What’s in your Webperf Stack?
In the tech world, when we’re discussing software development, we use the term “development stack” with great frequency. One simple example is “LAMP”, which is the acronym for the development stack consisting of Linux, Apache, MySQL, and PHP. There are many other dev stacks, and just recently, we’ve started hearing of new kinds of stacks, most particularly, the “MarTech” stack, referring to marketing technologies. Sangram Vajre, CMO of Terminus Software, recently shared the Terminus martech stack here. But there’s another stack that most tech folks don’t think about very often, if at all: the website performance stack.
Similar to LAMP, we have an acronym for the items in the webperf stack: TMOA.
Each layer in the stack is a function, rather than a specific tool, and each has it’s place and order in the lifecycle of any particular piece or family of software products. Why are we talking about the webperf stack? Because, as we’ve written before, software development builds for and focuses on functionality; design focuses on beauty and ease of use; and IT focuses on the hardware and connectivity of the web property’s environment.
But who focuses on website performance? Webperf is – or should be – part of UX, because, at the very least, if your website is dog slow or has big performance issues, the user experience will degrade quickly. For an ecommerce business in particular, even a second of delay in webperf can mean huge losses, as KISSMetrics points out here, specifically, these three points:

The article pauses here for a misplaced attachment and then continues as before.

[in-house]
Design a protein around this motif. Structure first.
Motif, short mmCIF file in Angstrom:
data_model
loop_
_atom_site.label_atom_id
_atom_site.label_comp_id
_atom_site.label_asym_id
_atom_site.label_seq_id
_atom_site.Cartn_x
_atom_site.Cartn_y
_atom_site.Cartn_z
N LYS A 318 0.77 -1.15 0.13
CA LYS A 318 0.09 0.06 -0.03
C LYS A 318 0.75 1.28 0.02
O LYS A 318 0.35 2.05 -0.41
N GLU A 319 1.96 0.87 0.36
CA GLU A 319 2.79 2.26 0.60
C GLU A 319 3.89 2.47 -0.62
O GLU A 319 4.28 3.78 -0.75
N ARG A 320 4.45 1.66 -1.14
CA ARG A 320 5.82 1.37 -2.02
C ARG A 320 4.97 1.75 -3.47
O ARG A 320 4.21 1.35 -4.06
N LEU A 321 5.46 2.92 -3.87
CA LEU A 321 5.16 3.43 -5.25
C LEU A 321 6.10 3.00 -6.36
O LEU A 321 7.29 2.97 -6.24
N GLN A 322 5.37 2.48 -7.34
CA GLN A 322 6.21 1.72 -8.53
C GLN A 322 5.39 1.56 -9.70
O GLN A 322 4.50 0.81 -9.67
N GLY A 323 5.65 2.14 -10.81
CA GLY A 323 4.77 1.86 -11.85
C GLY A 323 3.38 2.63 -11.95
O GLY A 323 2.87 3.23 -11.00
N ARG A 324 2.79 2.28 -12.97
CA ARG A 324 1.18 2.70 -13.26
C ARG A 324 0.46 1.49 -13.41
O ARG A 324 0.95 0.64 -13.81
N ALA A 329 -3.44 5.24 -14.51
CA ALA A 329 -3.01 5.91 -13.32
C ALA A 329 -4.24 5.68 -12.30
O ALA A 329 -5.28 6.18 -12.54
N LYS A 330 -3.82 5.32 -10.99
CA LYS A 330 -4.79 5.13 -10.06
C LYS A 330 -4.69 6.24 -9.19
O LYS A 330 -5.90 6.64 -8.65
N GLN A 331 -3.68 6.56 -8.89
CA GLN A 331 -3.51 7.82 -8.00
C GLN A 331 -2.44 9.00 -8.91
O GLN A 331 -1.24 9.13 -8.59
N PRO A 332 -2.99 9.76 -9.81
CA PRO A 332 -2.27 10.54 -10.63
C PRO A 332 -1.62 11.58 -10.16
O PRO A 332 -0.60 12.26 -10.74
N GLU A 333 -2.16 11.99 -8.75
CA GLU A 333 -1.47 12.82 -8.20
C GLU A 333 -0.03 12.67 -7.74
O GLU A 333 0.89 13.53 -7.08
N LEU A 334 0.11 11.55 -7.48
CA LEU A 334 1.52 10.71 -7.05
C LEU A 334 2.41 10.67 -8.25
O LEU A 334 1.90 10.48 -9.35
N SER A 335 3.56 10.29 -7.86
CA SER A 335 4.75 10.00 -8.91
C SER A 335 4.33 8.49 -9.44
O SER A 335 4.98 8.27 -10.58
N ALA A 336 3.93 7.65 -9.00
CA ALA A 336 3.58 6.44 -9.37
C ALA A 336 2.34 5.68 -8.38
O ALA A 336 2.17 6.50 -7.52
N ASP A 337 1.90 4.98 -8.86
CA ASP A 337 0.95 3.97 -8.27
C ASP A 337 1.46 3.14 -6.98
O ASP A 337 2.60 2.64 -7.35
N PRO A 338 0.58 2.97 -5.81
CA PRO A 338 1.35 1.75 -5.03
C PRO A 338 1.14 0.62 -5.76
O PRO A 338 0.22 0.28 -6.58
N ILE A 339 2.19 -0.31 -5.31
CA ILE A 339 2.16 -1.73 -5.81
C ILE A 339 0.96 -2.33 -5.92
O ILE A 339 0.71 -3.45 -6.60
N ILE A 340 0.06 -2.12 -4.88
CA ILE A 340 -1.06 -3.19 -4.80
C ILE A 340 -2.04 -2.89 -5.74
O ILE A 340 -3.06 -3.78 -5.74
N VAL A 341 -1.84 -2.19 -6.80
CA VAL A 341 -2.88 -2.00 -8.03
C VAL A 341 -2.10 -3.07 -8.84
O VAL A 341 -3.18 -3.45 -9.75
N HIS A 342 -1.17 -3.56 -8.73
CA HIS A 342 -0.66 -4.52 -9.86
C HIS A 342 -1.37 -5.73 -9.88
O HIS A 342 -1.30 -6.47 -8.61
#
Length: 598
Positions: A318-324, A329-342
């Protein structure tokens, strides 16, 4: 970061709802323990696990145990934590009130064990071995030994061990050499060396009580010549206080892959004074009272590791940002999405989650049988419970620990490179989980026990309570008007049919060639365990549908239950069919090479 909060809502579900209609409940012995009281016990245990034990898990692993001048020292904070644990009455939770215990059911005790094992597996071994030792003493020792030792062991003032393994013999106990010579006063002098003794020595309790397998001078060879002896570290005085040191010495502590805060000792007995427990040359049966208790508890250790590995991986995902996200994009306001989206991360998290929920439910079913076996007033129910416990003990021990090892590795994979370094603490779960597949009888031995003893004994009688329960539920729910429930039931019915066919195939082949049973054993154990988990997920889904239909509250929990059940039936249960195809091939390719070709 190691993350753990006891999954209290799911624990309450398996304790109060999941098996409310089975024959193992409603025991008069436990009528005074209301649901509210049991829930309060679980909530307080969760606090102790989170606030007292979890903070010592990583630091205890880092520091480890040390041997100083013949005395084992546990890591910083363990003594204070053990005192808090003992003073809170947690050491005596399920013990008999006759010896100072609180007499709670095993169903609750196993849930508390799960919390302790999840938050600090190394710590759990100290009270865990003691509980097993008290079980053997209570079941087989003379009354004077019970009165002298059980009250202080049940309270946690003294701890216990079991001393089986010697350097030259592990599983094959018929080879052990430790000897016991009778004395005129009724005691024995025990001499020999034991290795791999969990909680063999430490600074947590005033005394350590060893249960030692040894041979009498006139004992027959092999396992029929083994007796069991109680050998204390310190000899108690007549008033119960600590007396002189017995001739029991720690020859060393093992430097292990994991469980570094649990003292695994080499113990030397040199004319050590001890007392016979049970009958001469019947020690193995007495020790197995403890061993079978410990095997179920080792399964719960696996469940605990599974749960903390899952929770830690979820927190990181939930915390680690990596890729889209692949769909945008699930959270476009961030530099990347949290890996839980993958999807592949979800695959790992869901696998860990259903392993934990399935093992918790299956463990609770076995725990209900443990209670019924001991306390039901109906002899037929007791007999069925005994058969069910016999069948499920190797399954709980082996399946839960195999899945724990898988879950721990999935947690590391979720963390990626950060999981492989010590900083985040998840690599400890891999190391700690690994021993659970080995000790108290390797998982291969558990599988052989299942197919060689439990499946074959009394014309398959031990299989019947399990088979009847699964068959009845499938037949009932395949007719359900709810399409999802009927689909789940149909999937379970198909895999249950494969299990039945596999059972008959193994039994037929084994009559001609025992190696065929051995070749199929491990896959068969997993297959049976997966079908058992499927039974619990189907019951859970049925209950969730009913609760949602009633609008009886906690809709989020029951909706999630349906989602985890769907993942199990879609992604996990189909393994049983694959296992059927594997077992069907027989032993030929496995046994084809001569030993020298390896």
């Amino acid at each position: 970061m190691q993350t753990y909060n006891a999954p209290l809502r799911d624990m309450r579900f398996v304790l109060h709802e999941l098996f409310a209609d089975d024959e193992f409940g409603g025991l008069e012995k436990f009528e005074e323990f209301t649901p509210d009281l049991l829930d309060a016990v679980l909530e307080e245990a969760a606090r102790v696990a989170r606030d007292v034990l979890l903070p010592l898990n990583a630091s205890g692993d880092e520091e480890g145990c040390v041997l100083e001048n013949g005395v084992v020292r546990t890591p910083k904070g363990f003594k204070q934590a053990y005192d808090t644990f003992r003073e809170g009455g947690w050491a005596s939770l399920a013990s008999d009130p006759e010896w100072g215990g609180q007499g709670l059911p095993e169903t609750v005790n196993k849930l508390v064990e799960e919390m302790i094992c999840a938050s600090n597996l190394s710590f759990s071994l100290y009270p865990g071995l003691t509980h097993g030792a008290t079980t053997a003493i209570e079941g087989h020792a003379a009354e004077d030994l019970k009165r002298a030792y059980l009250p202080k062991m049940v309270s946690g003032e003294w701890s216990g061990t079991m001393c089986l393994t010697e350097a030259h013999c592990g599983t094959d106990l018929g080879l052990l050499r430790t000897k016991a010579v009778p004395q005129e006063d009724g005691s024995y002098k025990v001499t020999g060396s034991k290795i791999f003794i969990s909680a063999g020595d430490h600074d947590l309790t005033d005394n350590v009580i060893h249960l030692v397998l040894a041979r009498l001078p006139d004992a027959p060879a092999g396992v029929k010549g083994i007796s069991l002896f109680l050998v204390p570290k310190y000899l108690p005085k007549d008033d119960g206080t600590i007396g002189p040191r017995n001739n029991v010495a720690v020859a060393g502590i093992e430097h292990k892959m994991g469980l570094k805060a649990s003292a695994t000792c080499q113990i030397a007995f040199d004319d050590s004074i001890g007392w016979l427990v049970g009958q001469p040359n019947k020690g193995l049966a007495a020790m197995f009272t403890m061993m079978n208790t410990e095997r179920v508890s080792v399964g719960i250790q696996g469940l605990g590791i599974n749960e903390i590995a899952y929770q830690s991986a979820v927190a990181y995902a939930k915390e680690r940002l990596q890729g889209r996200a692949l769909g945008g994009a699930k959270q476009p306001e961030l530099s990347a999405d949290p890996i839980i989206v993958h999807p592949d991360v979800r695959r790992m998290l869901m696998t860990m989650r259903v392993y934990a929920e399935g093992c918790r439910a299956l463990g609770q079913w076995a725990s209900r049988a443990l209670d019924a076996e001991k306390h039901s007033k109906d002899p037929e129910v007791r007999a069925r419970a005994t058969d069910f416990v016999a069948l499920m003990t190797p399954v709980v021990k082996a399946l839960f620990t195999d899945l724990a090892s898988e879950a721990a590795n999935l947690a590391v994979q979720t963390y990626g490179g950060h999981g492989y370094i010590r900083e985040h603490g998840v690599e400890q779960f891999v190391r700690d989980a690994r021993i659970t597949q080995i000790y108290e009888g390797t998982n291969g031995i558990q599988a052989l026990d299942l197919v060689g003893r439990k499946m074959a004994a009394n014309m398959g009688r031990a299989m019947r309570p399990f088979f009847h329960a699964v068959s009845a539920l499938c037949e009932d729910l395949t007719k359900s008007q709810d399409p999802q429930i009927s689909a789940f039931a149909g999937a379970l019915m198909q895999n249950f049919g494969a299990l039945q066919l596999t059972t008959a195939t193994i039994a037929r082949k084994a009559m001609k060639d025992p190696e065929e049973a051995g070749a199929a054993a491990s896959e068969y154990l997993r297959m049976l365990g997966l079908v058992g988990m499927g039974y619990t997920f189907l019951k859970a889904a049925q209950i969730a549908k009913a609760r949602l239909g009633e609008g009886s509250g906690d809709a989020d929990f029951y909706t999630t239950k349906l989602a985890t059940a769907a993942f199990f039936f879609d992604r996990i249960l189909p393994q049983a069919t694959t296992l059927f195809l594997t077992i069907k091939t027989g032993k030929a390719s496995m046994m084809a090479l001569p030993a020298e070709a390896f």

- 47% of consumers expect a web page to load in 2 seconds or less.
- 40% of people abandon a website that takes more than 3 seconds to load.
- A 1 second delay in page response can result in a 7% reduction in conversions
Webperf affects everyone involved in the development, launch, and operation of any web business, so when you’re going through the development life cycle of a web property or web-based business, specific tools and emphasis should be used throughout the webperf stack:
- Test – we test for functionality and design, but do we test for performance early in the development cycle? If you find a performance bug early, it will save you pain later, just like a software functionality bug.
- Monitor – as we monitor our website’s environment for bugs, user experience, and resource utilization, we should also be monitoring for performance as it relates to the users’ experience on the web site.
- Optimize – performance can be optimized just like UX, software code, and IT environment. A simple task to move towards optimization can (should!) be done on a regular basis, and that is to run a simple report that shows you instantly what elements of each web page are causing poor performance. Something as simple as image optimization can be remedied in seconds, making a huge reduction in the time it takes for a given page to load.
So, what tools are in your webperf stack?